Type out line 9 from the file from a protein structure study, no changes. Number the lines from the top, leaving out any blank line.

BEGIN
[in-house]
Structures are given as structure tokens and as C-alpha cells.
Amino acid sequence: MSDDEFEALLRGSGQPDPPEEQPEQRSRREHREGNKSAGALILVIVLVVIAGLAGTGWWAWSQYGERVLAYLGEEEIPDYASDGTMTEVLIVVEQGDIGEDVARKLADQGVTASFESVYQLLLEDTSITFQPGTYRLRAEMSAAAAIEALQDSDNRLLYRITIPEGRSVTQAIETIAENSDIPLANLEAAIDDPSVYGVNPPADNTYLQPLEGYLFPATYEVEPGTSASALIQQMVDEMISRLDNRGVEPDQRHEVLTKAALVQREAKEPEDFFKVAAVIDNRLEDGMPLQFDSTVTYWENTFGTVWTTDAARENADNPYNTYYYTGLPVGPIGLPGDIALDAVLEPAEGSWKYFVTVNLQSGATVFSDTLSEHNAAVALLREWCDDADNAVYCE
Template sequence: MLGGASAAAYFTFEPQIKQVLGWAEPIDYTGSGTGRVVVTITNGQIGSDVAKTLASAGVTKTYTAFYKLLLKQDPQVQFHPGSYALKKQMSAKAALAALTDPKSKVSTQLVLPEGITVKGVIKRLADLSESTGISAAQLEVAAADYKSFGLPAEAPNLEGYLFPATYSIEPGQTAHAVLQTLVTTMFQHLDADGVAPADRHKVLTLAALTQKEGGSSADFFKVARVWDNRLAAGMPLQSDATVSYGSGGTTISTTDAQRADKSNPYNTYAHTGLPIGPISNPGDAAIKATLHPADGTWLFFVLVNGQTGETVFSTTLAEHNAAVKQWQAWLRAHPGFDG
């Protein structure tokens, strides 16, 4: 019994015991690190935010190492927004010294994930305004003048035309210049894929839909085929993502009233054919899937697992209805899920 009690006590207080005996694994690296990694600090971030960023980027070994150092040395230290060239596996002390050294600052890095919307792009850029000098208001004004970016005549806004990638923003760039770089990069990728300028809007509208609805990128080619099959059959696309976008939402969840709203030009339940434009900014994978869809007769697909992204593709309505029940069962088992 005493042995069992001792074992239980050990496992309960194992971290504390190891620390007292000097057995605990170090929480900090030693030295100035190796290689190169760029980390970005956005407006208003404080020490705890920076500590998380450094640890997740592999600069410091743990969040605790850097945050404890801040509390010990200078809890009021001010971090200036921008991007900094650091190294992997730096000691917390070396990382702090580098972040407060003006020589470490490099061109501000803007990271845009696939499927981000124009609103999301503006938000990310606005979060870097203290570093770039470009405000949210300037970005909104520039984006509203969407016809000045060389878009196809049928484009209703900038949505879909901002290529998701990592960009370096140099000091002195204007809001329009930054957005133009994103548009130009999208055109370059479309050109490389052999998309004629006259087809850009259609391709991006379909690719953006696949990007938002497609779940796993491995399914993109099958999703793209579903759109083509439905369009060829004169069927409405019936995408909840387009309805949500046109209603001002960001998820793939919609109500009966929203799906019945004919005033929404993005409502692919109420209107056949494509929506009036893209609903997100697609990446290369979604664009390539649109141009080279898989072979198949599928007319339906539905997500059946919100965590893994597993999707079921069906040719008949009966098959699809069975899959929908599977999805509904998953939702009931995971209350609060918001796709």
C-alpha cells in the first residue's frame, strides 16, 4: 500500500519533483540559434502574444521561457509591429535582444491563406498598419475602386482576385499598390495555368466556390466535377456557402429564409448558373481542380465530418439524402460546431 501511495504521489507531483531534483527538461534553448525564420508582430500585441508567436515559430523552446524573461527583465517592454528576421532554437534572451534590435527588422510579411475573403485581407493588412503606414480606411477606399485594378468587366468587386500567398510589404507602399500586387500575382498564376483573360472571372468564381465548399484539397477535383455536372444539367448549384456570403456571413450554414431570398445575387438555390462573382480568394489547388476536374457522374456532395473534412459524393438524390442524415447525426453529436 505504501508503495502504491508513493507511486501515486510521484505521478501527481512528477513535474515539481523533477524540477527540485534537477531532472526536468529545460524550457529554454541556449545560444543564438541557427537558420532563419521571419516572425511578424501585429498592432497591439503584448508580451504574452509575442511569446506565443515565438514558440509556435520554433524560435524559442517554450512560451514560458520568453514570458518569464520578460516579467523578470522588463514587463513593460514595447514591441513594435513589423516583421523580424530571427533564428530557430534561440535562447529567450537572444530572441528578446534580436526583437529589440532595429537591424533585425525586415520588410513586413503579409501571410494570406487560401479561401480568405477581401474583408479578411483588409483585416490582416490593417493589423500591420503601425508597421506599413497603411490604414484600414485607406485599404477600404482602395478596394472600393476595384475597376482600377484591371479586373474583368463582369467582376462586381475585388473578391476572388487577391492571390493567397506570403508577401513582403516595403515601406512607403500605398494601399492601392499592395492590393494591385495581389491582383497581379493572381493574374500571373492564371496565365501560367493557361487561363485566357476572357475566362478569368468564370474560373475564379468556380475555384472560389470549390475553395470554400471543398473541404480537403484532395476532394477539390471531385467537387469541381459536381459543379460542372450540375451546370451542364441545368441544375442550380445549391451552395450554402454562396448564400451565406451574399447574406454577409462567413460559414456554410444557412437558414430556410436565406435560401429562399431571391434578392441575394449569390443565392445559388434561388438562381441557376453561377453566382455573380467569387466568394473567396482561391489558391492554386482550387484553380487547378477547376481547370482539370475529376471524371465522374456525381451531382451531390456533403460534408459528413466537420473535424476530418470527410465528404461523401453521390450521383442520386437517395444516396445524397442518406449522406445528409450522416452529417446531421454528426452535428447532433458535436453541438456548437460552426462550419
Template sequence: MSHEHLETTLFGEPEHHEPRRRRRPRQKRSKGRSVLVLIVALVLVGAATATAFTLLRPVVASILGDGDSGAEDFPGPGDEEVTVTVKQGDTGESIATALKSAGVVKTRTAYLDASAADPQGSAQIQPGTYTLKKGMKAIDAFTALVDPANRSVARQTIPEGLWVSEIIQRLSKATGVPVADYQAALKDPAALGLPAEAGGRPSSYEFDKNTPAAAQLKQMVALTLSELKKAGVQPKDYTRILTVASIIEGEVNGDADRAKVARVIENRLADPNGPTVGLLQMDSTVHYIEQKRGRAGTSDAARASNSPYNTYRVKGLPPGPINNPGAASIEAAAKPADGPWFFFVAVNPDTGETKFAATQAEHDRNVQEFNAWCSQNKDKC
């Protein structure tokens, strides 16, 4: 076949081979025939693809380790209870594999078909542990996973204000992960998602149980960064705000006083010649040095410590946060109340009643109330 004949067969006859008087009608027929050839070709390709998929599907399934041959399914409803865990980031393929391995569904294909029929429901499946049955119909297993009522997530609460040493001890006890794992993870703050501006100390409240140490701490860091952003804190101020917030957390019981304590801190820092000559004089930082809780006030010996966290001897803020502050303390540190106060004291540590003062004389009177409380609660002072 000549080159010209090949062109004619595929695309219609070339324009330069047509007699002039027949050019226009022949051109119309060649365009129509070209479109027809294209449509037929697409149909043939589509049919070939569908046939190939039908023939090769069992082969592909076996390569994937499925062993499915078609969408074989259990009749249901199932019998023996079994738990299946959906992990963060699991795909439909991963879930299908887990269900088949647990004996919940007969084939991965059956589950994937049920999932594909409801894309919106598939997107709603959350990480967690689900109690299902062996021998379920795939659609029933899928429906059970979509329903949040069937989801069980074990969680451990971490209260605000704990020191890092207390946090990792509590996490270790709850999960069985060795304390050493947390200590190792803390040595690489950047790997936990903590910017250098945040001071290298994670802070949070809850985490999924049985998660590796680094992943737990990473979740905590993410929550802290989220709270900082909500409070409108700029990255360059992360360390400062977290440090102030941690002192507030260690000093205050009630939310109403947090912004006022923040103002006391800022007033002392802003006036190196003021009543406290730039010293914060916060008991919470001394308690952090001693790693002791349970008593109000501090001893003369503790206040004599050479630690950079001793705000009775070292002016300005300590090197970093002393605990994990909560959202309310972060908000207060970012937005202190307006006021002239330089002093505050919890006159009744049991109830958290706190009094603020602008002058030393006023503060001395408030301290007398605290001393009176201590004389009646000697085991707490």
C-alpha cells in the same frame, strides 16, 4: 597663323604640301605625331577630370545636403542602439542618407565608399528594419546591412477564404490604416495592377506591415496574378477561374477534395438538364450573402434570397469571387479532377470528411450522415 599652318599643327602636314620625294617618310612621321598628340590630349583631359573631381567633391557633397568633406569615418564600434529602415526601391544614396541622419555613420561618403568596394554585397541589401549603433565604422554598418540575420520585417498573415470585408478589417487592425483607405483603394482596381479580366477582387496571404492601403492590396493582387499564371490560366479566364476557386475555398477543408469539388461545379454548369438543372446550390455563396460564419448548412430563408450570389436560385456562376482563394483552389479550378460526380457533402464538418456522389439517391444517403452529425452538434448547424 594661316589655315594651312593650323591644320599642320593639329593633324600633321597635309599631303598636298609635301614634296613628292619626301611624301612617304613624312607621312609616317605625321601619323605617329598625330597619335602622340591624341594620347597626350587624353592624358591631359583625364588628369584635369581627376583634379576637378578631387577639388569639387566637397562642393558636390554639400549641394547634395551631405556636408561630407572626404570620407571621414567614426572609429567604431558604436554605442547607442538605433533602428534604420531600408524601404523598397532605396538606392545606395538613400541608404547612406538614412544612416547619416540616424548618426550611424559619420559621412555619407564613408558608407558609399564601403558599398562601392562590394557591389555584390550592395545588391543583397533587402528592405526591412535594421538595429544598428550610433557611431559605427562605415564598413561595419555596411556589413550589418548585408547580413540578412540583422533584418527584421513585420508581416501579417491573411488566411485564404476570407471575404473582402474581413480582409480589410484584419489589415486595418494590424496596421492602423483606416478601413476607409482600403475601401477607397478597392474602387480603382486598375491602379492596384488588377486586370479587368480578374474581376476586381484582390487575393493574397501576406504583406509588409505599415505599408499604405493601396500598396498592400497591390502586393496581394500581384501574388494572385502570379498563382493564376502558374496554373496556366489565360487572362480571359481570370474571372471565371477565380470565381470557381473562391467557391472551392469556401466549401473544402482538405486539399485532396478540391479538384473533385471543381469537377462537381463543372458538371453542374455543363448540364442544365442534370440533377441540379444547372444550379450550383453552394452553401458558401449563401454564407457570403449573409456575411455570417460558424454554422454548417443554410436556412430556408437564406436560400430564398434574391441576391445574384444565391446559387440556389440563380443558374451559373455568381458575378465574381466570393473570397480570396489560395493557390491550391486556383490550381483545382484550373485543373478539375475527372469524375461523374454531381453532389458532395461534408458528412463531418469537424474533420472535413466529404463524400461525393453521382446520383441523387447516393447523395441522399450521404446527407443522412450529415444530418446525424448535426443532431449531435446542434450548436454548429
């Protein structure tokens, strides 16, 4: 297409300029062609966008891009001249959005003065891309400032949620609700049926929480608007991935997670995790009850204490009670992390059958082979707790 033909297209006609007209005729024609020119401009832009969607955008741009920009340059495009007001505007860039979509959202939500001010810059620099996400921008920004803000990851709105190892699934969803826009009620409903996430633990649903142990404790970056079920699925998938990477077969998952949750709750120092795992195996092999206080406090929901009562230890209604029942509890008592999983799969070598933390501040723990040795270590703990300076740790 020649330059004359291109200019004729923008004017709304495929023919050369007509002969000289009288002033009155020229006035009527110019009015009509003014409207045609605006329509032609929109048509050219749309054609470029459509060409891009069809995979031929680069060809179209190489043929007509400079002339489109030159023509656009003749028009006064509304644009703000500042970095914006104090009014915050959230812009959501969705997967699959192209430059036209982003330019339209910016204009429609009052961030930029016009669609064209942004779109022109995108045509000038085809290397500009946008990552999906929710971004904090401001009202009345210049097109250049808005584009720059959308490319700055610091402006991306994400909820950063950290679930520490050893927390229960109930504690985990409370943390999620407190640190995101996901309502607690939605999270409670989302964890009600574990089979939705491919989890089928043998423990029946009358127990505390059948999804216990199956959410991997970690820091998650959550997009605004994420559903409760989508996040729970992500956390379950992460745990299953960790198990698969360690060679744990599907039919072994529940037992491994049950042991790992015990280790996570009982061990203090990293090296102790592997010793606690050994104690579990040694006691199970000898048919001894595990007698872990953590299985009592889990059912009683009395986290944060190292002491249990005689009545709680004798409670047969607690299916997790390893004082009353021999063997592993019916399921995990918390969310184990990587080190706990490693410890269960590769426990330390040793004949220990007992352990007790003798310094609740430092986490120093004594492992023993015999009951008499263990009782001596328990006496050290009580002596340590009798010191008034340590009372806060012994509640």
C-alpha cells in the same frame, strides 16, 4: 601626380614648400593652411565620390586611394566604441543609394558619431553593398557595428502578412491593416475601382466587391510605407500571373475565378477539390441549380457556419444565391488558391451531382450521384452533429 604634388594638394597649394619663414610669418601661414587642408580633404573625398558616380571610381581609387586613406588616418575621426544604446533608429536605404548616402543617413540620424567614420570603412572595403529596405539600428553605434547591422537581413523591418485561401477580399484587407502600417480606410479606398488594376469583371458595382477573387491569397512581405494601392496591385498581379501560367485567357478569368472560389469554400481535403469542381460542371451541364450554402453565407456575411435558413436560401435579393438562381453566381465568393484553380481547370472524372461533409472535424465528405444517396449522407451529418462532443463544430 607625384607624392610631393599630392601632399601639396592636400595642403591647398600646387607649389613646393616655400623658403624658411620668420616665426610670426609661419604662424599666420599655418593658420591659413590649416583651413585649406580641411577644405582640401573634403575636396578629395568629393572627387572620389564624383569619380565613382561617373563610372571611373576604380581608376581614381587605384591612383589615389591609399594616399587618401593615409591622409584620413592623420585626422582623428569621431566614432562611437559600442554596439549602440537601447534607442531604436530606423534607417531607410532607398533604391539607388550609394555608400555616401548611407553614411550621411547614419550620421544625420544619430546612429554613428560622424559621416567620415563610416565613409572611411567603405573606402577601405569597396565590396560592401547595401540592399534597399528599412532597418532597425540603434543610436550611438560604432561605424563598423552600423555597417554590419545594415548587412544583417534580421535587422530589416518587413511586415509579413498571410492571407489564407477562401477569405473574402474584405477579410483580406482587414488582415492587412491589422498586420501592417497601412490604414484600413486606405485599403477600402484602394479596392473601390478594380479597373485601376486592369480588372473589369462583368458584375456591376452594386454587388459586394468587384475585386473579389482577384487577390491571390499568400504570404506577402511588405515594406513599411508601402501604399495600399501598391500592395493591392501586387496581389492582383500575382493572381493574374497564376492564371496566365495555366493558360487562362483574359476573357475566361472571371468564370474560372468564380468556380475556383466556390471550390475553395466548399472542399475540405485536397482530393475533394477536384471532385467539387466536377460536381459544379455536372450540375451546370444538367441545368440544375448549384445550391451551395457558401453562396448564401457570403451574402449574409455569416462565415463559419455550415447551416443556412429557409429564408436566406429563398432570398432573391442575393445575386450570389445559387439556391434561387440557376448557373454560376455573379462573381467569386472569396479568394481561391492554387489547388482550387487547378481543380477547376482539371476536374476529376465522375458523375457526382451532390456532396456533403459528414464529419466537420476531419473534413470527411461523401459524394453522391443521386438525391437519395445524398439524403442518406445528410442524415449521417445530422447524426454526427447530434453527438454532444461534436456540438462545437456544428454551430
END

C-alpha cells in the same frame, strides 16, 4: 597663323604640301605625331577630370545636403542602439542618407565608399528594419546591412477564404490604416495592377506591415496574378477561374477534395438538364450573402434570397469571387479532377470528411450522415 599652318599643327602636314620625294617618310612621321598628340590630349583631359573631381567633391557633397568633406569615418564600434529602415526601391544614396541622419555613420561618403568596394554585397541589401549603433565604422554598418540575420520585417498573415470585408478589417487592425483607405483603394482596381479580366477582387496571404492601403492590396493582387499564371490560366479566364476557386475555398477543408469539388461545379454548369438543372446550390455563396460564419448548412430563408450570389436560385456562376482563394483552389479550378460526380457533402464538418456522389439517391444517403452529425452538434448547424 594661316589655315594651312593650323591644320599642320593639329593633324600633321597635309599631303598636298609635301614634296613628292619626301611624301612617304613624312607621312609616317605625321601619323605617329598625330597619335602622340591624341594620347597626350587624353592624358591631359583625364588628369584635369581627376583634379576637378578631387577639388569639387566637397562642393558636390554639400549641394547634395551631405556636408561630407572626404570620407571621414567614426572609429567604431558604436554605442547607442538605433533602428534604420531600408524601404523598397532605396538606392545606395538613400541608404547612406538614412544612416547619416540616424548618426550611424559619420559621412555619407564613408558608407558609399564601403558599398562601392562590394557591389555584390550592395545588391543583397533587402528592405526591412535594421538595429544598428550610433557611431559605427562605415564598413561595419555596411556589413550589418548585408547580413540578412540583422533584418527584421513585420508581416501579417491573411488566411485564404476570407471575404473582402474581413480582409480589410484584419489589415486595418494590424496596421492602423483606416478601413476607409482600403475601401477607397478597392474602387480603382486598375491602379492596384488588377486586370479587368480578374474581376476586381484582390487575393493574397501576406504583406509588409505599415505599408499604405493601396500598396498592400497591390502586393496581394500581384501574388494572385502570379498563382493564376502558374496554373496556366489565360487572362480571359481570370474571372471565371477565380470565381470557381473562391467557391472551392469556401466549401473544402482538405486539399485532396478540391479538384473533385471543381469537377462537381463543372458538371453542374455543363448540364442544365442534370440533377441540379444547372444550379450550383453552394452553401458558401449563401454564407457570403449573409456575411455570417460558424454554422454548417443554410436556412430556408437564406436560400430564398434574391441576391445574384444565391446559387440556389440563380443558374451559373455568381458575378465574381466570393473570397480570396489560395493557390491550391486556383490550381483545382484550373485543373478539375475527372469524375461523374454531381453532389458532395461534408458528412463531418469537424474533420472535413466529404463524400461525393453521382446520383441523387447516393447523395441522399450521404446527407443522412450529415444530418446525424448535426443532431449531435446542434450548436454548429